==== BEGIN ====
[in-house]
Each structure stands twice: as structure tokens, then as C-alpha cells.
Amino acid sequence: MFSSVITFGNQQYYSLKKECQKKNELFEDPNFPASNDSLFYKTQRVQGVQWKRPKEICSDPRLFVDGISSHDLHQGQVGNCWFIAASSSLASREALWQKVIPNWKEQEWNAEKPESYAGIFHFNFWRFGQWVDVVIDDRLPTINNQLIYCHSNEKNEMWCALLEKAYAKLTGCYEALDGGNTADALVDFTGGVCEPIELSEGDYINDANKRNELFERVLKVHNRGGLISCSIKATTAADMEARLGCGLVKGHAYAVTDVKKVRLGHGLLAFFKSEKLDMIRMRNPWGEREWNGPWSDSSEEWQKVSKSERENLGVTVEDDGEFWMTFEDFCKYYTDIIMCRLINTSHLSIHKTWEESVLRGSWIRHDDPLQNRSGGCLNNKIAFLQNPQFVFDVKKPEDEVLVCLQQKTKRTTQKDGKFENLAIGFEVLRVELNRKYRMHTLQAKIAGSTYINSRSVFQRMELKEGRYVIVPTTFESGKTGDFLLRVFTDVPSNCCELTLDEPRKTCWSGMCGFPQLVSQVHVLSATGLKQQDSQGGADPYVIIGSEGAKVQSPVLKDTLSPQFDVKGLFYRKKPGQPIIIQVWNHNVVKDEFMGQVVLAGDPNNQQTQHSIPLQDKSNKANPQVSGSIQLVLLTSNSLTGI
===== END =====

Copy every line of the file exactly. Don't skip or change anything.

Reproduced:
[in-house]
Each structure stands twice: as structure tokens, then as C-alpha cells.
Amino acid sequence: MFSSVITFGNQQYYSLKKECQKKNELFEDPNFPASNDSLFYKTQRVQGVQWKRPKEICSDPRLFVDGISSHDLHQGQVGNCWFIAASSSLASREALWQKVIPNWKEQEWNAEKPESYAGIFHFNFWRFGQWVDVVIDDRLPTINNQLIYCHSNEKNEMWCALLEKAYAKLTGCYEALDGGNTADALVDFTGGVCEPIELSEGDYINDANKRNELFERVLKVHNRGGLISCSIKATTAADMEARLGCGLVKGHAYAVTDVKKVRLGHGLLAFFKSEKLDMIRMRNPWGEREWNGPWSDSSEEWQKVSKSERENLGVTVEDDGEFWMTFEDFCKYYTDIIMCRLINTSHLSIHKTWEESVLRGSWIRHDDPLQNRSGGCLNNKIAFLQNPQFVFDVKKPEDEVLVCLQQKTKRTTQKDGKFENLAIGFEVLRVELNRKYRMHTLQAKIAGSTYINSRSVFQRMELKEGRYVIVPTTFESGKTGDFLLRVFTDVPSNCCELTLDEPRKTCWSGMCGFPQLVSQVHVLSATGLKQQDSQGGADPYVIIGSEGAKVQSPVLKDTLSPQFDVKGLFYRKKPGQPIIIQVWNHNVVKDEFMGQVVLAGDPNNQQTQHSIPLQDKSNKANPQVSGSIQLVLLTSNSLTGI